President Donald Trump has pardoned former Maricopa County Sheriff Joe Arpaio, just days after being advised not to pursue such action until Arpaio was sentenced for contempt.
In a statement Friday evening, the White House said Arpaio’s “life and career” exemplified “selfless public service.”
“Throughout his time as Sheriff, Arpaio continued his life’s work of protecting the public from the scourges of crime and illegal immigration,” the statement read.
It added, “Sheriff Joe Arpaio is now eighty-five years old, and after more than fifty years of admirable service to our Nation, he is worthy candidate for a Presidential pardon.”
“I feel very privileged for the president to issue this pardon,” Arpaio said. “He’s a big supporter of law enforcement. I know it came from his heart,”
Mr. Trump tweeted Friday night that he had granted Arpaio a “full pardon” because Arpaio “kept America safe!”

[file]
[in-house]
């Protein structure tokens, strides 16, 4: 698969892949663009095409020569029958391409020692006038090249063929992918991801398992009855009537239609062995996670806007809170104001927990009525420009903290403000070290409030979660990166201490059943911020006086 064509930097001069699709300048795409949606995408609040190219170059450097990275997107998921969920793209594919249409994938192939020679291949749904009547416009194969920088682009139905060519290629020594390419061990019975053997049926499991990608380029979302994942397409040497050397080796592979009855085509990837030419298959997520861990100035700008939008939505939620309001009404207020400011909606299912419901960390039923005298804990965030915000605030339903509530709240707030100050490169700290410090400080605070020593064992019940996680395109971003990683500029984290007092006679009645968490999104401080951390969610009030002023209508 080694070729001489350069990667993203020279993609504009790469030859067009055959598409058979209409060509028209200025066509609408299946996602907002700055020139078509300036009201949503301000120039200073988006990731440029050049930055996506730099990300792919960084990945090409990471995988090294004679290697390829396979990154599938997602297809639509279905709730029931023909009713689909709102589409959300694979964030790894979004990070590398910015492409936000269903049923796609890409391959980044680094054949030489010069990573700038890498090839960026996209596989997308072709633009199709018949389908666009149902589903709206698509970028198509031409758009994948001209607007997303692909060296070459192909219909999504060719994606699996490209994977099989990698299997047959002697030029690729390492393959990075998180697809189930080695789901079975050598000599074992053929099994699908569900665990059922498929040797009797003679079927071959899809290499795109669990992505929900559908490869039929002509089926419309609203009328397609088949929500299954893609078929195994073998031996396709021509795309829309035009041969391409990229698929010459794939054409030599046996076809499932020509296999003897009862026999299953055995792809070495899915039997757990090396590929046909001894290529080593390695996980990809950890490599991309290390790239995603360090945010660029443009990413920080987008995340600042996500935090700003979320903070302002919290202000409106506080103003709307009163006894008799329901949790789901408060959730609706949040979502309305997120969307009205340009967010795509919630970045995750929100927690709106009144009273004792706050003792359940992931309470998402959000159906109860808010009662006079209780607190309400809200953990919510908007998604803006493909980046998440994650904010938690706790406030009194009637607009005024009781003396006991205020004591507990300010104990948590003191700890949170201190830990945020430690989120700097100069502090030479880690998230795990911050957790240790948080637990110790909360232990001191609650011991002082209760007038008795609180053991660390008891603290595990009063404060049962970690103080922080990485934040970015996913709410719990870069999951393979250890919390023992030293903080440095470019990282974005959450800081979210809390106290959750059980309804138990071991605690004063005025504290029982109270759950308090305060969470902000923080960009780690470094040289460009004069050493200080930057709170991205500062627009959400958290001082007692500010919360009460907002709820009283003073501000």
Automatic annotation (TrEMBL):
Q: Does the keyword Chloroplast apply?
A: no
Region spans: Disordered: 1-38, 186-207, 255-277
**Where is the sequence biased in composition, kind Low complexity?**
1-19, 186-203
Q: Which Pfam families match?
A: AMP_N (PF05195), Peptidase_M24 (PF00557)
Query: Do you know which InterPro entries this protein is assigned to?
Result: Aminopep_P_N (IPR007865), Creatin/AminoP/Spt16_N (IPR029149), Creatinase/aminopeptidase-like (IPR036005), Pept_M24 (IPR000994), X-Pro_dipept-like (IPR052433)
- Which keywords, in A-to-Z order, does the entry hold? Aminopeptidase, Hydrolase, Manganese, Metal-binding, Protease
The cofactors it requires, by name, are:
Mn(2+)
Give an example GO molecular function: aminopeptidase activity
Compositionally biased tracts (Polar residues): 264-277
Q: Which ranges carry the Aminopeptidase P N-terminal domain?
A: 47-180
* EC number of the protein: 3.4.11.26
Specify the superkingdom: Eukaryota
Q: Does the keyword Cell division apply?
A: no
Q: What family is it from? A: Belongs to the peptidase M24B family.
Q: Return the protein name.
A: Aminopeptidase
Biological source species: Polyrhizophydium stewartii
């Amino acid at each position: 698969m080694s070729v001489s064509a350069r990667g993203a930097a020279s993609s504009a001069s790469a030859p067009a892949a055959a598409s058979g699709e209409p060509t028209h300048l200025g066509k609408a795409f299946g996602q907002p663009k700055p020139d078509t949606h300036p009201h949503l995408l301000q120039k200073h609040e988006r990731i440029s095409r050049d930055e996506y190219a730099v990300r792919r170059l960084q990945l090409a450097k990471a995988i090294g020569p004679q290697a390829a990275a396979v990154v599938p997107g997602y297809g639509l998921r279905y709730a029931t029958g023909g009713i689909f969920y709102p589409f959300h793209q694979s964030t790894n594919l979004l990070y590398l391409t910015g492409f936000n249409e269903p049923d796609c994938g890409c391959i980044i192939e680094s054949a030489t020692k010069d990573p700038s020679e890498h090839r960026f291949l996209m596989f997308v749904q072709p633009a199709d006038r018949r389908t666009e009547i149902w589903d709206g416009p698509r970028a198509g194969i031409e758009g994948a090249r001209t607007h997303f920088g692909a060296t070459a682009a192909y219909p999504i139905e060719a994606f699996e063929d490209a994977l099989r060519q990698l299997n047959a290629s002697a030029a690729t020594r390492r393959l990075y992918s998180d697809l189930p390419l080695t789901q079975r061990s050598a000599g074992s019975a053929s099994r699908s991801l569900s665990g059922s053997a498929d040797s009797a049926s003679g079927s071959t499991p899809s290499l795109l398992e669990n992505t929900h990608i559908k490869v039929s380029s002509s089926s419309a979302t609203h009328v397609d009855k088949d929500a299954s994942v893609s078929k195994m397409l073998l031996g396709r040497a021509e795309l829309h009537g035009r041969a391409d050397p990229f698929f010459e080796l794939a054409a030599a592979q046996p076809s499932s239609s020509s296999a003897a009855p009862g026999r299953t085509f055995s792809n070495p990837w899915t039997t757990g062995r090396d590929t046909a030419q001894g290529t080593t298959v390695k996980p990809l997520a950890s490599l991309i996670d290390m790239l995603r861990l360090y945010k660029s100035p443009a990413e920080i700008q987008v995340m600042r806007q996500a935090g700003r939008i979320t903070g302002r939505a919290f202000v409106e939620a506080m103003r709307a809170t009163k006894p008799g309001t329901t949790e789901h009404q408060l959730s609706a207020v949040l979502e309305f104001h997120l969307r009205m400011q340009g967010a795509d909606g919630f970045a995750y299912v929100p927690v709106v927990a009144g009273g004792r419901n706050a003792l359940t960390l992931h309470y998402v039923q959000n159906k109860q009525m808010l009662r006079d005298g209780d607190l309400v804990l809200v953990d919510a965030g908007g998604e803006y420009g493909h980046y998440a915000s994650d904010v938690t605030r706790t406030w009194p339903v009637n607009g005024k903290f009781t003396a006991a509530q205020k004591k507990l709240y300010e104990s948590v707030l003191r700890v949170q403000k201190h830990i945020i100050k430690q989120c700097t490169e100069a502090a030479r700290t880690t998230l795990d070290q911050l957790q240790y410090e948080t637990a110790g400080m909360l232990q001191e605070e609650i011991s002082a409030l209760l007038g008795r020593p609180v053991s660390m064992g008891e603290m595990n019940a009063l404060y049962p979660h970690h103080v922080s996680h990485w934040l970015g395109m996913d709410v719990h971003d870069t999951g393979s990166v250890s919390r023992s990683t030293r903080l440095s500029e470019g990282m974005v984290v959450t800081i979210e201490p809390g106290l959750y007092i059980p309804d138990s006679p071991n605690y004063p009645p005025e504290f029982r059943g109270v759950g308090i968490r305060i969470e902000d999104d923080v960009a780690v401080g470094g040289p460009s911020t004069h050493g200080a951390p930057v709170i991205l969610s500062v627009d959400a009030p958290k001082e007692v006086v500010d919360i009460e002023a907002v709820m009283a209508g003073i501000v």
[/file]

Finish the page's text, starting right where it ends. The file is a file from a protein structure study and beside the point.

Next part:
Arpaio told Fox News’ Sean Hannity that he is “with [Mr. Trump] until the end.” Arpaio said he will hold a news conference next week to “get the message out.” He accused “certain news media” of “trying to destroy me all these years.”
“After all these years, 55 years in law enforcement around the world, here I am on the defense table?” Arpaio said. “Because they wanted to do everything to get rid of me. Certain people I’ll discuss that more next week.”
Arpaio was convicted in July for contempt. A federal court said in 2016 that Arpaio’s policy as sheriff of using traffic stops and workplace raids to find suspected undocumented immigrants constituted racial profiling. He was convicted in July for ignoring the order to end traffic patrols targeting immigrants.
The Department of Justice said late Friday that Mr. Trump “exercised his lawful authority” and the department respected his decision.
Sen. John McCain of Arizona issued a statement saying that while Mr. Trump has the ability to issue a pardon, “doing so at this time undermines his claim for the respect of rule of law as Mr. Arpaio has shown no remorse for his actions.”
“No one is above the law and the individuals entrusted with the privilege of being sworn law officers should always seek to be beyond reproach in their commitment to fairly enforcing the laws they swore to uphold,” McCain’s statement said. “Mr. Arpaio was found guilty of criminal contempt for continuing to illegally profile Latinos living in Arizona based on their perceived immigration status in violation of a judge’s orders.”